Part one of an eight part series, Karen’s Corner outlines advice and insight on going back to school from our very own Dr. Karen Whitham, assistant dean, undergraduate nursing programs.
It’s bound to happen – that look of shock and disbelief when you tell your friends and family that you’re going back to school to get your BSN. Their questions are probably the same ones you’ve been asking yourself: “At your age? What for? How will you manage school on top of work and family?” Here are a few encouraging words from someone who has been in your shoes.
You’re not alone
The average age of our students in the RN to BSN program is 45. Typically, these are nurses who have been out of school and working in the profession for 10 to 20 years. As someone who took this path in her mid forties, I can tell you from personal experience that older students often have many advantages over their younger classmates: focus, commitment, life experience and the maturity to self-advocate, to name a few.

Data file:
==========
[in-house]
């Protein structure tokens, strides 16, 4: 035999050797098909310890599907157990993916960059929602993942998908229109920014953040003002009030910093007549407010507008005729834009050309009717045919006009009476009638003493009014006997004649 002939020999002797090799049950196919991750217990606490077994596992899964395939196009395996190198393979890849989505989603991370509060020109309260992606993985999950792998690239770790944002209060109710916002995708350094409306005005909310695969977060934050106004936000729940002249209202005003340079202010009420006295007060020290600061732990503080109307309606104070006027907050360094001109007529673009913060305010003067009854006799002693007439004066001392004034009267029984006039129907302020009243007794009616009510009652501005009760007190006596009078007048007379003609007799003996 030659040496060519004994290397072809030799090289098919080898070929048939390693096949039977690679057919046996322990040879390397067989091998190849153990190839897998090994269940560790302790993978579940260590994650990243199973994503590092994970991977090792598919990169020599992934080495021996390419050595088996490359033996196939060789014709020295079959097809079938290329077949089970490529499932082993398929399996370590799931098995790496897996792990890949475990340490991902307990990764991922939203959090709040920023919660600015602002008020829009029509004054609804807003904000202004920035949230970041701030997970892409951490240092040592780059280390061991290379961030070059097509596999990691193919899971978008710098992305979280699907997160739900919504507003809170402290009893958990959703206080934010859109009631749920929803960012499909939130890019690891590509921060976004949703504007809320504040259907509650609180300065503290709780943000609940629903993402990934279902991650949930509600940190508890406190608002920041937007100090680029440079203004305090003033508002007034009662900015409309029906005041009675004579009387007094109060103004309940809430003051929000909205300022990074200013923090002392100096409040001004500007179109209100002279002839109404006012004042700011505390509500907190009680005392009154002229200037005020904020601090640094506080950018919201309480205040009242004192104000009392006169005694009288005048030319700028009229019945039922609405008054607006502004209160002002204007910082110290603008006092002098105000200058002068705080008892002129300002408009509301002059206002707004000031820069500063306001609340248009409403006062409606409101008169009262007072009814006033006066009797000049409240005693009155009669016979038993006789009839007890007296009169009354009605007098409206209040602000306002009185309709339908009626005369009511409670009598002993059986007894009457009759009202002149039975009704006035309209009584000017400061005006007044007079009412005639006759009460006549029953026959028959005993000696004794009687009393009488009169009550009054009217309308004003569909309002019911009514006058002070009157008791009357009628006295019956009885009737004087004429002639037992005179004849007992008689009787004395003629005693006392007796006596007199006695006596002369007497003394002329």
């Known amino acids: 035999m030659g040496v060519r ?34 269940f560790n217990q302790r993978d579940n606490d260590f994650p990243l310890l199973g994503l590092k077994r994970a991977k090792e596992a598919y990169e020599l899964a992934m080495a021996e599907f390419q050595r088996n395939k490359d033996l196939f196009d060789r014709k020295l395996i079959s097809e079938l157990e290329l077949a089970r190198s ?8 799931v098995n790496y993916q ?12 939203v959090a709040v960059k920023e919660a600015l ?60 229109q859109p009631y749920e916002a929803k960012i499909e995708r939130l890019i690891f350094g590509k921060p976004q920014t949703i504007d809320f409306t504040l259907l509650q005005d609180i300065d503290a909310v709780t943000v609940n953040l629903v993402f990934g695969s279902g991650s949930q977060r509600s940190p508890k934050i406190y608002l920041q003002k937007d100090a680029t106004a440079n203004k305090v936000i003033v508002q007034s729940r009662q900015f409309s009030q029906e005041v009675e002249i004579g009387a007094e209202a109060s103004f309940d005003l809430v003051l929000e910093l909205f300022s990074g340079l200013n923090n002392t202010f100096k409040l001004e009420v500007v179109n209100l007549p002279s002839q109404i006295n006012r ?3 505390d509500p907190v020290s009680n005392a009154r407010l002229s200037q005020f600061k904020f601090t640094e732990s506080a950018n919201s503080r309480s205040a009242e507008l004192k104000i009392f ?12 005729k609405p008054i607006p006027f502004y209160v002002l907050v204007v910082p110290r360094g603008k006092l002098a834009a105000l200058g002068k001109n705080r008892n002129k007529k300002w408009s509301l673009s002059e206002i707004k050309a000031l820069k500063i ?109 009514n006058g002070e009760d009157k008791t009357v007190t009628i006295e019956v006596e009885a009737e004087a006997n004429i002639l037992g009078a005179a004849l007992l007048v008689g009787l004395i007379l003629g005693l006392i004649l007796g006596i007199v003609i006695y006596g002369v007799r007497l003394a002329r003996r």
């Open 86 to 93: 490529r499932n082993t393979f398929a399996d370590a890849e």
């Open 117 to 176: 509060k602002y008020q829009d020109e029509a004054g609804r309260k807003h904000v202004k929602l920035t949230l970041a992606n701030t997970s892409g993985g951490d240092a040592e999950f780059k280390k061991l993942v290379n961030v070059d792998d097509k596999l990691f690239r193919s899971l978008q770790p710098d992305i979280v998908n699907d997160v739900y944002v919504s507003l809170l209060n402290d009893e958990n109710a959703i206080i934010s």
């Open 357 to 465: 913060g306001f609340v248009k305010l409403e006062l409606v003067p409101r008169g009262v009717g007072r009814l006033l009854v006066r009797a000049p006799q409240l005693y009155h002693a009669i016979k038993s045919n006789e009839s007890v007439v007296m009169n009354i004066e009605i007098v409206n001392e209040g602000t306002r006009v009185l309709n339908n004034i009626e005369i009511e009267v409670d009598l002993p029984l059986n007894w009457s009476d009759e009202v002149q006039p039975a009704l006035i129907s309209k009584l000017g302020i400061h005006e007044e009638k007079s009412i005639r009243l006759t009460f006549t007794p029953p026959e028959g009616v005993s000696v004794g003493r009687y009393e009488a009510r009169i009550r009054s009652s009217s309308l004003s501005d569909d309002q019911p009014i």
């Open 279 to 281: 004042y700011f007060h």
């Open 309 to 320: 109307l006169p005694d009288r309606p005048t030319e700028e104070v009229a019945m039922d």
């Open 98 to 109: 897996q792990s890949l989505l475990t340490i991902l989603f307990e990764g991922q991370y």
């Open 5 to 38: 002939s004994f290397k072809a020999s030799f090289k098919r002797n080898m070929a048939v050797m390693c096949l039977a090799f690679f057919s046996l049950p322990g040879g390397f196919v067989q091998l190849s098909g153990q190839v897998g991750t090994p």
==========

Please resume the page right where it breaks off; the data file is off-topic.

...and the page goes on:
You love your profession
You want to elevate the level of patient care. The most experienced RNs are often the ones most surprised when they learn something they can put to use right away. I call these “aha moments” and it’s just wonderful to see nurses get excited about knowledge they can take back to their patients. Of course, there are plenty of employment-related reasons to get your BSN, but that’s a topic for later discussion. The best reason to get your BSN is this: when the level of nursing education goes up, mortality and morbidity rates go down.
You can make this work
The average time commitment per week is 10 to 15 hours. All of the classes are 100% online so that you can fit them in around work, family and friends. Having done this myself as a working mother, I will tell you that it is entirely doable. It does take commitment and discipline, as well as the support of family and friends, but you can do it and still enjoy your life.
Have you dreamed of earning your BSN.